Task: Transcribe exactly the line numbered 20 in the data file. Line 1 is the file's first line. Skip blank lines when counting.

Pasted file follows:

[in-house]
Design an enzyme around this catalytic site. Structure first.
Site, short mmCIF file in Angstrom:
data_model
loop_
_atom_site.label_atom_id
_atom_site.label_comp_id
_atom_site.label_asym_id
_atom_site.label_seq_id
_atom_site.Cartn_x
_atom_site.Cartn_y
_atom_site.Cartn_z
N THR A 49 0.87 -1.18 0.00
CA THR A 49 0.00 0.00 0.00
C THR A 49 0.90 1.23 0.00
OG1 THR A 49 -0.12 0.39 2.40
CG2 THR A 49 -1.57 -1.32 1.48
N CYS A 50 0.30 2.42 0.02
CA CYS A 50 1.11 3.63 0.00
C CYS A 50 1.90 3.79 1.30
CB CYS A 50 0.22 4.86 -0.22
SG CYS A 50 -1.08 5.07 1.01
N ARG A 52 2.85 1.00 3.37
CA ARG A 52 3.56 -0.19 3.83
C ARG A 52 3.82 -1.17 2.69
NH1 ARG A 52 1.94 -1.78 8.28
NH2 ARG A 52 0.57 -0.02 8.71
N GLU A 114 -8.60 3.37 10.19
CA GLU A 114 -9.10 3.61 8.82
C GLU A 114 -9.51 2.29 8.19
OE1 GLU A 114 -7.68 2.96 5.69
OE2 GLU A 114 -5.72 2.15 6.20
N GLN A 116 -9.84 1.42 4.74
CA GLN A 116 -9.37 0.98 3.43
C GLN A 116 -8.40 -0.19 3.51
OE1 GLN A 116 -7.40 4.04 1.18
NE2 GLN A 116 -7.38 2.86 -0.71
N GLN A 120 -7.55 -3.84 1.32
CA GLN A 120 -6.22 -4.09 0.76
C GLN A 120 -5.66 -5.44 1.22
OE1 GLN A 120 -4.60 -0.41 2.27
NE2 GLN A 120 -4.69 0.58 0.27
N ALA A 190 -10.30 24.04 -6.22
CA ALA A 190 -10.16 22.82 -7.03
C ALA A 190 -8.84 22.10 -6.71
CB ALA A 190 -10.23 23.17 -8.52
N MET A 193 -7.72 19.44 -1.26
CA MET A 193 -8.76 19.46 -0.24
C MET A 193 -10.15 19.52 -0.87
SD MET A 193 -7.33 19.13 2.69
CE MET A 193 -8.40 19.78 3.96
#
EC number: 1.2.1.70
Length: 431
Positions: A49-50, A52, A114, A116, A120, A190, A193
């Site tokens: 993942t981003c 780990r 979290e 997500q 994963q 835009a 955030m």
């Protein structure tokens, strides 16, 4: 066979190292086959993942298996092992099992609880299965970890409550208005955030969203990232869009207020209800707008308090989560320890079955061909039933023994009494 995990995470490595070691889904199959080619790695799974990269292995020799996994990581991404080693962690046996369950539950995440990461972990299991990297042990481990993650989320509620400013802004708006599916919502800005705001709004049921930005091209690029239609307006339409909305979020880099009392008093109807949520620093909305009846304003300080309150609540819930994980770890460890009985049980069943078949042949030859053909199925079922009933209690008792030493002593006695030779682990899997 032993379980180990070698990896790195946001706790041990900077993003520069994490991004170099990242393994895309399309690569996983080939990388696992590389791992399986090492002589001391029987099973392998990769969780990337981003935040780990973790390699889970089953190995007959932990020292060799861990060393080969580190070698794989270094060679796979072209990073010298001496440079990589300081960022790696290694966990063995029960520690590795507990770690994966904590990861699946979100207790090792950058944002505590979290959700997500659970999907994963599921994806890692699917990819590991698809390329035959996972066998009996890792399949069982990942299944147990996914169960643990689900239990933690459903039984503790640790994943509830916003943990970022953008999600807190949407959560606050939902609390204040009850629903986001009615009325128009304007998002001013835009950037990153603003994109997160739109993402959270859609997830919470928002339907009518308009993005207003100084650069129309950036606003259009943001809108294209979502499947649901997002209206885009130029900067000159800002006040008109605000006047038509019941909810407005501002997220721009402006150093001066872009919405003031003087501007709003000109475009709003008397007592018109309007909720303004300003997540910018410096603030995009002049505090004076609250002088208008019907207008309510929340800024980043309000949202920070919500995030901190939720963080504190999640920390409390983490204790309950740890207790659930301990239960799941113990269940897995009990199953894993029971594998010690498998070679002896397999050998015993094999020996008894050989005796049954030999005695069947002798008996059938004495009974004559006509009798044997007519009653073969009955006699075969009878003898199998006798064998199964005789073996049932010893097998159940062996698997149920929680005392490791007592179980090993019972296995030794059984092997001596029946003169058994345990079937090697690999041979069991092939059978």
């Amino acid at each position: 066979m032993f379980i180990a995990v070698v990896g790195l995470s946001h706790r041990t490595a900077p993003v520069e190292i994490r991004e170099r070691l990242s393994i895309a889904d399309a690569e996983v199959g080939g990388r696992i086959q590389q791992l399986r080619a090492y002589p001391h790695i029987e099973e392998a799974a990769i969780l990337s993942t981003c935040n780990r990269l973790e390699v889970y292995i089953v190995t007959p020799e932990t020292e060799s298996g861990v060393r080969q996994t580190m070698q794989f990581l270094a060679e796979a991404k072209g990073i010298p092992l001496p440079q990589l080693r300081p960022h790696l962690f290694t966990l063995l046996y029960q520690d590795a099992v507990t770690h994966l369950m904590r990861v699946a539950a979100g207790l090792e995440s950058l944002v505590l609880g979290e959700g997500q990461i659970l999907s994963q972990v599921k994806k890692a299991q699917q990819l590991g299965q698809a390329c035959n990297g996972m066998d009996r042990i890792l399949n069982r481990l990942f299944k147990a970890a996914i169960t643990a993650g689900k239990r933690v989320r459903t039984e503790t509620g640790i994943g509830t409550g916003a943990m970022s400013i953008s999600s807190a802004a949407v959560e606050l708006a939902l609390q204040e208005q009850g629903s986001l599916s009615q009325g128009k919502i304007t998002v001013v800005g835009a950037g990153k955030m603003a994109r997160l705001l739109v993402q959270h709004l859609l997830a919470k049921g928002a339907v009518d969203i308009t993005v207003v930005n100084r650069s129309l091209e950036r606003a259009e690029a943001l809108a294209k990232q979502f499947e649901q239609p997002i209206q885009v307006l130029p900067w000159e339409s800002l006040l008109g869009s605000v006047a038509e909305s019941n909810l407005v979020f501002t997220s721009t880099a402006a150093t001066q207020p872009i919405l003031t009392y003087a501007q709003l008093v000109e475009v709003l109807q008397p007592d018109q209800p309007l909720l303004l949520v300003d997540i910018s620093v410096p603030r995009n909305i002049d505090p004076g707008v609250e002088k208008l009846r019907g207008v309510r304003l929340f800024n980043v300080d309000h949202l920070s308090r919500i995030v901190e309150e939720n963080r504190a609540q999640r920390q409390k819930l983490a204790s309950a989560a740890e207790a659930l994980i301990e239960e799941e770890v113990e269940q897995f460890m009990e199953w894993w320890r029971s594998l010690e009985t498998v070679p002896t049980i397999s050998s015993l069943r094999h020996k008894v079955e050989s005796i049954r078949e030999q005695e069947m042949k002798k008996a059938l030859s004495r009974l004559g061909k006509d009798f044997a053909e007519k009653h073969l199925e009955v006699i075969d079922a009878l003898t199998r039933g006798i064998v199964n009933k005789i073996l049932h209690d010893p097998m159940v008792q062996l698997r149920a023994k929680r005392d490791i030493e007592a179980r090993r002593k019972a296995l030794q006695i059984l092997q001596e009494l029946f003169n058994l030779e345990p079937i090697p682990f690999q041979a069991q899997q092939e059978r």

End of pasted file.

C CYS A 50 1.90 3.79 1.30